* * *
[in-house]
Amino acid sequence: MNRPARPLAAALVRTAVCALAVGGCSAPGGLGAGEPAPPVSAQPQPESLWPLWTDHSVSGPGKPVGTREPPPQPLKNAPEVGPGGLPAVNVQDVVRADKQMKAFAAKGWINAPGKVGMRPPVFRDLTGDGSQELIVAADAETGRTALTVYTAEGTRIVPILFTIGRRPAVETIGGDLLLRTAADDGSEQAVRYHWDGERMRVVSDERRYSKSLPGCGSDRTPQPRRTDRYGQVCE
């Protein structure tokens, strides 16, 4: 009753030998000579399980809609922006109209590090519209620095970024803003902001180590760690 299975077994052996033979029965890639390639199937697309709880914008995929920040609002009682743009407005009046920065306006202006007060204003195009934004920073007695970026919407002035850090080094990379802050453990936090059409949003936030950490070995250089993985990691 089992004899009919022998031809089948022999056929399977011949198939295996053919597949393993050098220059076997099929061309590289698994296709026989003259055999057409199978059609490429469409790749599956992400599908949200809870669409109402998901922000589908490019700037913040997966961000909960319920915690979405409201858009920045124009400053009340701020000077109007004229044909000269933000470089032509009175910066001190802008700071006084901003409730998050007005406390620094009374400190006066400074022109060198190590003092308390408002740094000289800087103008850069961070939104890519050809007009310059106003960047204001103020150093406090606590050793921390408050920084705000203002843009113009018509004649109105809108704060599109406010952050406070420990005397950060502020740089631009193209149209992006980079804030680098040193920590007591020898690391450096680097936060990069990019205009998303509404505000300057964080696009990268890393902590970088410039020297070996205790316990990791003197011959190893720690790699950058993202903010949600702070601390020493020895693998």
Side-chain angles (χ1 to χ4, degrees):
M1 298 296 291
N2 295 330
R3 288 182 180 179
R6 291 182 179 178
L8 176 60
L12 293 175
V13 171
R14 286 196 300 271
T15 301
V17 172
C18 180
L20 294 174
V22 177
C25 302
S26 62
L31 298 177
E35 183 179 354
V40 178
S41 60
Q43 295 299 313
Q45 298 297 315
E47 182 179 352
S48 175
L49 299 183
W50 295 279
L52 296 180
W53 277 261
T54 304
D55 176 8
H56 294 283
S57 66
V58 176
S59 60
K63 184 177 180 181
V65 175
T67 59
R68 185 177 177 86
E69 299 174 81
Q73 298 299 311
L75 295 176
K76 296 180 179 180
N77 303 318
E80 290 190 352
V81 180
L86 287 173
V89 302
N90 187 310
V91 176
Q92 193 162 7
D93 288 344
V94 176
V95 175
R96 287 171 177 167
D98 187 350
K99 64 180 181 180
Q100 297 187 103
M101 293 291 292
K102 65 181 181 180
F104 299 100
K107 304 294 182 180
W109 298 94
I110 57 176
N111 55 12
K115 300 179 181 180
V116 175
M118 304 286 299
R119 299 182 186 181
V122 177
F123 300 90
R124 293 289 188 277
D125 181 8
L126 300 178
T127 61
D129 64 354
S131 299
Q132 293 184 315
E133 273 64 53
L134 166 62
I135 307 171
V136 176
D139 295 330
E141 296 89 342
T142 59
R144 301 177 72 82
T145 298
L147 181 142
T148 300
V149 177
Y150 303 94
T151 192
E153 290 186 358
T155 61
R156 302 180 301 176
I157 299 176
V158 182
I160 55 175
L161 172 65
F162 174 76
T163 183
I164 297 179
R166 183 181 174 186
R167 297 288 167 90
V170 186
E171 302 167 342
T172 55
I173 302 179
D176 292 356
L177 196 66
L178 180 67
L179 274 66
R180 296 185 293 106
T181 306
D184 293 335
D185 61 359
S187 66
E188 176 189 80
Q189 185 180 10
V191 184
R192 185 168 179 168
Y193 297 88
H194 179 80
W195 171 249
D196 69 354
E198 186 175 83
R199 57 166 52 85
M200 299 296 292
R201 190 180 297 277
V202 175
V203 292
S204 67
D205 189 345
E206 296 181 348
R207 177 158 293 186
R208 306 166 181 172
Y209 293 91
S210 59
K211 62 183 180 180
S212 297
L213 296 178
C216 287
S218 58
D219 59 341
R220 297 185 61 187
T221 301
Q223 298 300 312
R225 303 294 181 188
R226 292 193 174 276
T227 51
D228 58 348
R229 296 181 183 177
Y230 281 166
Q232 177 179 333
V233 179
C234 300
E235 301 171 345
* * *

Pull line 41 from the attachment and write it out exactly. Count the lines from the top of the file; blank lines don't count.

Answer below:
R68 185 177 177 86